The authors examined the impact of HIV, cognitive dysfunction, and depression on decision-making. HIV+ (N=100) and HIV− (N=26) participants were administered a comprehensive neuropsychological battery, a modified version of the Iowa Gambling Task, and a measure of depressive symptoms. HIV+ participants demonstrated more difficulties in learning the gambling task than did HIV− participants. Executive functioning and depression emerged as strong predictors of gambling task performance. Depression partially mediated the relationship between executive functioning and gambling performance. Our findings suggest that HIV infection, executive dysfunction, and depression place individuals at risk for poor decision-making.
PMCID: PMC3608191  PMID: 23037648
21.  Antiretroviral Adherence and the Nature of HIV-Associated Verbal Memory Impairment 
The authors investigated the relationship between antiretroviral adherence and HIV-associated verbal memory impairment. HIV-positive participants demonstrated poorer verbal memory than HIV-negative participants. Both good (≥90%) and poor (<90%) adherers displayed encoding deficits as compared with controls, but only poor adherers exhibited retrieval deficits. Encoding deficits primarily accounted for reduced delayed recall in good adherers, but both encoding and retrieval deficits accounted for reduced delayed recall in poor adherers. The retrieval difference between the adherence groups might be explained by a neuroprotective effect of good antiretroviral adherence or preexisting HIV-related retrieval deficits that result in poorer adherence.
PMCID: PMC3603356  PMID: 21948894
22.  Sustained Attention Deficits Among HIV-Positive Individuals With Comorbid Bipolar Disorder 
Difficulties with sustained attention have been found among both persons with HIV infection (HIV+) and bipolar disorder (BD). The authors examined sustained attention among 39 HIV+ individuals with BD (HIV+/BD+) and 33 HIV-infected individuals without BD (HIV+/BD−), using the Conners’ Continuous Performance Test–II (CPT–II). A Global Assessment of Functioning (GAF) score was also assigned to each participant as an overall indicator of daily functioning abilities. HIV+/BD+ participants had significantly worse performance on CPT–II omission errors, hit reaction time SE (Hit RT SE), variability of SE, and perseverations than HIV+/BD− participants. When examining CPT–II performance over the six study blocks, both HIV+/BD+ and HIV+/BD− participants evidenced worse performance on scores of commission errors and reaction times as the test progressed. The authors also examined the effect of current mood state (i.e., manic, depressive, euthymic) on CPT–II performance, but no significant differences were observed across the various mood states. HIV+/BD+ participants had significantly worse GAF scores than HIV+/BD− participants, which indicates poorer overall functioning in the dually-affected group; among HIV+/BD+ persons, significant negative correlations were found between GAF scores and CPT–II omission and commission errors, detectability, and perseverations, indicating a possible relationship between decrements in sustained attention and worse daily-functioning outcomes.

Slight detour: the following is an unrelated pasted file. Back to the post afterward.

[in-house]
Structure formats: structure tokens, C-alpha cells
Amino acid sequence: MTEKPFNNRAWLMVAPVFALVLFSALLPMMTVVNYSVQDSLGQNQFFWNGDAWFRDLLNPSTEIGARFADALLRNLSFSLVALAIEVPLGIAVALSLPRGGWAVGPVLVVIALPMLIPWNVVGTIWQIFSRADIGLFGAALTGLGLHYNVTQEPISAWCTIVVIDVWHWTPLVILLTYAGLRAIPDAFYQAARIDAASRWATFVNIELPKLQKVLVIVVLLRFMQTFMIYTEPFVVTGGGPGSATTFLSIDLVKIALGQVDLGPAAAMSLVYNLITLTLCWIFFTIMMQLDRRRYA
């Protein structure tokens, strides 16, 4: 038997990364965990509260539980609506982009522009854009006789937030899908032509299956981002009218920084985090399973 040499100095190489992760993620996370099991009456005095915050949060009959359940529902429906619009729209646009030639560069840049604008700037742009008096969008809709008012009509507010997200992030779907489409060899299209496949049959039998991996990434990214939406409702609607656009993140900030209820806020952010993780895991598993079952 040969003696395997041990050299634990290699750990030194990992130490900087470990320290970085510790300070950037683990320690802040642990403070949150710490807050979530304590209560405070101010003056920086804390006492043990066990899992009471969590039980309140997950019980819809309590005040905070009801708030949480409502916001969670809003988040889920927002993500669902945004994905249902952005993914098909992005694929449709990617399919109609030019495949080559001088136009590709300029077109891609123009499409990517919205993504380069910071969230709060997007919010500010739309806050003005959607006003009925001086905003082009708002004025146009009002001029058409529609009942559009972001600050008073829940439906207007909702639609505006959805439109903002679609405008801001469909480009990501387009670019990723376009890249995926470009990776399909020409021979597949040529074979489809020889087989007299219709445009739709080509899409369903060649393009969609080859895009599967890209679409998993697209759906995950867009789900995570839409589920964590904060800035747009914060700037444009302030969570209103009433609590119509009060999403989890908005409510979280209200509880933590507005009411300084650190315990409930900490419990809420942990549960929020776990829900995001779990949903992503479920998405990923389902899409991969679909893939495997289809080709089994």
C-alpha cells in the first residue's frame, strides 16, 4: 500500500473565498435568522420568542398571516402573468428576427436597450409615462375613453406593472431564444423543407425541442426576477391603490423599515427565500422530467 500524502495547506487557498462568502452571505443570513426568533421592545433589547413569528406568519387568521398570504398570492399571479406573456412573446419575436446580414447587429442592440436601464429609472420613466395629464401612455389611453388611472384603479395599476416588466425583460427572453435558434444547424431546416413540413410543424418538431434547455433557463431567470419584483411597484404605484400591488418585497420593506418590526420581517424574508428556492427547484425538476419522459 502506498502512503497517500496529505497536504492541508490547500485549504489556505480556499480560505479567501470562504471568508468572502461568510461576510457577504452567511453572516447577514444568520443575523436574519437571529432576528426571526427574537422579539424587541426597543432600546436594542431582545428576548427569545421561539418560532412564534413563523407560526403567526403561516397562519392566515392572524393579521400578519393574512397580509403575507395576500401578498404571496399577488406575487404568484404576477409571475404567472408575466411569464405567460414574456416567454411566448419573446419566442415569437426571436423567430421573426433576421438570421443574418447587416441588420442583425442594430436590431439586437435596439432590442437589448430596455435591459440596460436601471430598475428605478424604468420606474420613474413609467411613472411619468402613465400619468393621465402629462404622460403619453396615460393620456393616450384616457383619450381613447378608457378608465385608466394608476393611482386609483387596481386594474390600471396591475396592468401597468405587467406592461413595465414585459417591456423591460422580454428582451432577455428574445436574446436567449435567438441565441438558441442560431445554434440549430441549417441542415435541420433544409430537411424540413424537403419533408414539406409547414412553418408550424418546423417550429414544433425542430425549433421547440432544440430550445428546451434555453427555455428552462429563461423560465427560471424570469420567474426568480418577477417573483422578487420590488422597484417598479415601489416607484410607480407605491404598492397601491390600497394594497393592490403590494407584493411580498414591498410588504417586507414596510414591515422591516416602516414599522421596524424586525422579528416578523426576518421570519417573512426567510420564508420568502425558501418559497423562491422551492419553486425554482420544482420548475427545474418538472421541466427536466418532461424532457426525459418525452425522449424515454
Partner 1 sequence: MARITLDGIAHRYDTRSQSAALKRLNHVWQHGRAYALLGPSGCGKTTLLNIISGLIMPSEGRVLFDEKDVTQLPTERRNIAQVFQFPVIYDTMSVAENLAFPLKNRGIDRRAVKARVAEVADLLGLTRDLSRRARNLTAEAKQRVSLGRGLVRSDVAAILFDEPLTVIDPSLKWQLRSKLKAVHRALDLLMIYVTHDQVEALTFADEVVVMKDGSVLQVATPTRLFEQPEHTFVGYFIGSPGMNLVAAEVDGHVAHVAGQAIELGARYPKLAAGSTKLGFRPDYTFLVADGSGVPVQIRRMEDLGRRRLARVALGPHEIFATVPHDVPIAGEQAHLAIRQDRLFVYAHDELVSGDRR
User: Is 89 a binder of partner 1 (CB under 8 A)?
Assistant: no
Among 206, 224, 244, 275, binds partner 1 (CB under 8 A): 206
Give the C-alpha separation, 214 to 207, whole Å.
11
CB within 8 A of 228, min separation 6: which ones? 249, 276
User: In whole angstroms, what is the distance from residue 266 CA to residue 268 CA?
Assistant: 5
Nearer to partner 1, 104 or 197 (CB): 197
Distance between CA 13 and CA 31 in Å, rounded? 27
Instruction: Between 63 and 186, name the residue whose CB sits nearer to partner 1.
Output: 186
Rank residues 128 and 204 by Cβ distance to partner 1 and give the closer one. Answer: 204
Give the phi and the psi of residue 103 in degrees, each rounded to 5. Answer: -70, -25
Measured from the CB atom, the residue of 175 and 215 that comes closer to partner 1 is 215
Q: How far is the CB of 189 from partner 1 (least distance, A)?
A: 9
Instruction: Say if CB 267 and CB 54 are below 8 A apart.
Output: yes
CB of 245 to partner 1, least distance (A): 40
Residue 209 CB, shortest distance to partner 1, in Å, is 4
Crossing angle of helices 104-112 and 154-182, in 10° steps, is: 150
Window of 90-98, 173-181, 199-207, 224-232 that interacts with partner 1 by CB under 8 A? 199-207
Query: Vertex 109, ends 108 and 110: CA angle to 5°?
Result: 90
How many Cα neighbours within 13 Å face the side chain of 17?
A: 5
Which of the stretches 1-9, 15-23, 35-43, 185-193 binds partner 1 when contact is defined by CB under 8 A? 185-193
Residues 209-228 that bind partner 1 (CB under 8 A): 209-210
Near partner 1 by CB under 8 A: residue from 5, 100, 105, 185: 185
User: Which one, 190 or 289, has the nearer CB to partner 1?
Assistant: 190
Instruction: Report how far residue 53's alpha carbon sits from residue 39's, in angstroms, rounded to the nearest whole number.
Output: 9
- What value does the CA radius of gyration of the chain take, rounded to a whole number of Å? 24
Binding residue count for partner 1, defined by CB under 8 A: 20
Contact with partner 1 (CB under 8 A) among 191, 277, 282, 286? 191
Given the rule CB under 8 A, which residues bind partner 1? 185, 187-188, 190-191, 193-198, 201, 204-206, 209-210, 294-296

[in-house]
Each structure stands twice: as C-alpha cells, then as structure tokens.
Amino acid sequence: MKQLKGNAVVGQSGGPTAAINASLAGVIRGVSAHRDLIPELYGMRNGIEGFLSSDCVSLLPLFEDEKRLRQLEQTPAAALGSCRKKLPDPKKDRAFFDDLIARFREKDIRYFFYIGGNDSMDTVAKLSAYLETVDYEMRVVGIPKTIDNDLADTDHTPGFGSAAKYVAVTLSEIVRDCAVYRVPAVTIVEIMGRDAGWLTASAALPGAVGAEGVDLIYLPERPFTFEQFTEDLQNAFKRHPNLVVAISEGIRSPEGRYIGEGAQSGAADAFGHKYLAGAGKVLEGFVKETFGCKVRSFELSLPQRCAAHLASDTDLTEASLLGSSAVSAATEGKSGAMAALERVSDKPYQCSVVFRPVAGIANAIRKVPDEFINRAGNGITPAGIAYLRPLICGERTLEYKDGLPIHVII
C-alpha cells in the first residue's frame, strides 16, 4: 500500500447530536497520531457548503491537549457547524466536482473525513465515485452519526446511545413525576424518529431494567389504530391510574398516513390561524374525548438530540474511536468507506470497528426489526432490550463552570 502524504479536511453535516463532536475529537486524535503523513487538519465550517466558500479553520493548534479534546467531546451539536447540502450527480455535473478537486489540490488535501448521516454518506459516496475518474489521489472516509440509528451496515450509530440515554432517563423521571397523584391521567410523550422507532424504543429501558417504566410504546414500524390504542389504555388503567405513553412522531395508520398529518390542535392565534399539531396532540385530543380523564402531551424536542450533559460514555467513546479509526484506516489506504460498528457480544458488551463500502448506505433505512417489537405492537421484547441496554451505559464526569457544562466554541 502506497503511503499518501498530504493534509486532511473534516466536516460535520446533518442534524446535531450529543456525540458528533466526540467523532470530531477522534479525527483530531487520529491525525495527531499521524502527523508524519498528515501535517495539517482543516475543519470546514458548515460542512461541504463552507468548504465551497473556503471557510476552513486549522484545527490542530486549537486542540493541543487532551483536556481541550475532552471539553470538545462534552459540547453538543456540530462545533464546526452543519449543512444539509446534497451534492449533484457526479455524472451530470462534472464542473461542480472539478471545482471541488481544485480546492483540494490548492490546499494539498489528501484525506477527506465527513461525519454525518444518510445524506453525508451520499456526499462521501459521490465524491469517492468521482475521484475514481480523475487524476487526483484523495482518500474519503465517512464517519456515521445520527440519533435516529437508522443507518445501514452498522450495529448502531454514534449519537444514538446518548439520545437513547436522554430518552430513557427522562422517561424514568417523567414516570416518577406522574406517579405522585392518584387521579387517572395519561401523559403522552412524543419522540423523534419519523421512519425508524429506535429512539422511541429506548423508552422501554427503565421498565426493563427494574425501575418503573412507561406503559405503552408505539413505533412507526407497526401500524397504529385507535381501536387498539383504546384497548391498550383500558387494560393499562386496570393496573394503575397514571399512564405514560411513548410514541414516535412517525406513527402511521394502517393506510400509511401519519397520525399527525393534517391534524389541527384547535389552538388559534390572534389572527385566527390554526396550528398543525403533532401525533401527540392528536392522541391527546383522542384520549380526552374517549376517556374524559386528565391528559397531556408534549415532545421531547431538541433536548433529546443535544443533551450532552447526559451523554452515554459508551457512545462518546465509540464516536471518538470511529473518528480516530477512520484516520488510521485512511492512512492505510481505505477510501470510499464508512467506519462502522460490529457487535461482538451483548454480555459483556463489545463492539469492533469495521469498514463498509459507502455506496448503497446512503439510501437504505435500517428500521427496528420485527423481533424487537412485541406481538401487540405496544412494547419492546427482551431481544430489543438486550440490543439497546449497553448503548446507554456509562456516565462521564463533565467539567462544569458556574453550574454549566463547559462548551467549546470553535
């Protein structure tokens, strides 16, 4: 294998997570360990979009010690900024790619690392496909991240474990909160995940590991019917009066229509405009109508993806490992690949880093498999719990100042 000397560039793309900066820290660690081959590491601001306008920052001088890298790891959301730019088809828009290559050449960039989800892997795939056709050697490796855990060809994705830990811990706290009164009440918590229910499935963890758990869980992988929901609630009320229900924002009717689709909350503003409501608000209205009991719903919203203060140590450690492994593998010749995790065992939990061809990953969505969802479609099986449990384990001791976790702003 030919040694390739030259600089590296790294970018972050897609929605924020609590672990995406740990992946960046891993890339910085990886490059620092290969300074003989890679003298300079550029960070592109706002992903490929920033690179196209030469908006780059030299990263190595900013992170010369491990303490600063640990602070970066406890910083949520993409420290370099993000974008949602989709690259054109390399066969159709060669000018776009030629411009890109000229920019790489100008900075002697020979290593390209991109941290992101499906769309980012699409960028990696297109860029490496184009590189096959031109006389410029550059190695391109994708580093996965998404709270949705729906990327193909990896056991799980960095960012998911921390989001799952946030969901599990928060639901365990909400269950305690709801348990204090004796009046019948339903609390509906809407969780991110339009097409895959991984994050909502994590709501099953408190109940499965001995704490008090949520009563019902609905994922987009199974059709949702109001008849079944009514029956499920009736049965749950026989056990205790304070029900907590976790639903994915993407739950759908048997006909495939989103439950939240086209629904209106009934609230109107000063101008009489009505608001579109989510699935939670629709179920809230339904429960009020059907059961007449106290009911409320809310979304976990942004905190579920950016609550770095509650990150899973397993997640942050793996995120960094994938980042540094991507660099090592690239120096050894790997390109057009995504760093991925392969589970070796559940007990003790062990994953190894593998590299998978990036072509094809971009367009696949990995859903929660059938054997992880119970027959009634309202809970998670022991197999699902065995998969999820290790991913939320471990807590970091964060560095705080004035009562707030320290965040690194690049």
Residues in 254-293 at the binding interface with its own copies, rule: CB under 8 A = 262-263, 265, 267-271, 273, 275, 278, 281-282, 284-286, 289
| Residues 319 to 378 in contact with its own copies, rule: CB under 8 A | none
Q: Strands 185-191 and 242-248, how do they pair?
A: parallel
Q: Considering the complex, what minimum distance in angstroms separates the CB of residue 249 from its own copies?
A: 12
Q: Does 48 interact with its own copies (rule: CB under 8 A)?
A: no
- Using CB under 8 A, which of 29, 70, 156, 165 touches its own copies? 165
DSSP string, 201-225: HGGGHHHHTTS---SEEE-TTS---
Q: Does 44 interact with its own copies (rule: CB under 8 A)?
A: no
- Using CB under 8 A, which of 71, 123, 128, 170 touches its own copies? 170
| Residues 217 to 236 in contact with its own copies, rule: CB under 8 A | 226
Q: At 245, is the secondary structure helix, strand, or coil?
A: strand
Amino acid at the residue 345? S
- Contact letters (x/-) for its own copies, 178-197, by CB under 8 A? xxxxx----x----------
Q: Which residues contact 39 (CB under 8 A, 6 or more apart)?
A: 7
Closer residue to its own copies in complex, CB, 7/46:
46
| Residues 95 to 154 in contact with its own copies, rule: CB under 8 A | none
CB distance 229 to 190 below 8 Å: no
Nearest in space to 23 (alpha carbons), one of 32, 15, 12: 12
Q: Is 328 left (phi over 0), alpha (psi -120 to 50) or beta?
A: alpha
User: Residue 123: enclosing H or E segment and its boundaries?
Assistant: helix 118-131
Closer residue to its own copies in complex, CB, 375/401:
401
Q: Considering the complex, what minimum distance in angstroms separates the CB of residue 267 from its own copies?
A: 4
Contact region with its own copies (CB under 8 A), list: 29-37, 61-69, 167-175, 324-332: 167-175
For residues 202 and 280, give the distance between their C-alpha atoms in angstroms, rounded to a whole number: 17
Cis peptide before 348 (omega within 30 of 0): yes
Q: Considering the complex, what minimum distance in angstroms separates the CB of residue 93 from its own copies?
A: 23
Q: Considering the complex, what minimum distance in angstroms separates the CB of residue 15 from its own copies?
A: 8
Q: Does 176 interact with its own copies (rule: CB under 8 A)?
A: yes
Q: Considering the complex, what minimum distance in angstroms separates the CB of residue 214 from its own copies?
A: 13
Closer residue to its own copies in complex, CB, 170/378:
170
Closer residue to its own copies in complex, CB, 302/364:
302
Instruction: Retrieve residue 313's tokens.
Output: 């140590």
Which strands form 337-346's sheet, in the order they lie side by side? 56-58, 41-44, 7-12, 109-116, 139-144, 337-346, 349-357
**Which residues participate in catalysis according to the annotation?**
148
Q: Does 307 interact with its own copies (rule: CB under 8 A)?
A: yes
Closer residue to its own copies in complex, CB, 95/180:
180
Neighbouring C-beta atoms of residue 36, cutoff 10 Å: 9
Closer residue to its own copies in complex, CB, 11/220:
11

PMCID: PMC3575087  PMID: 22450615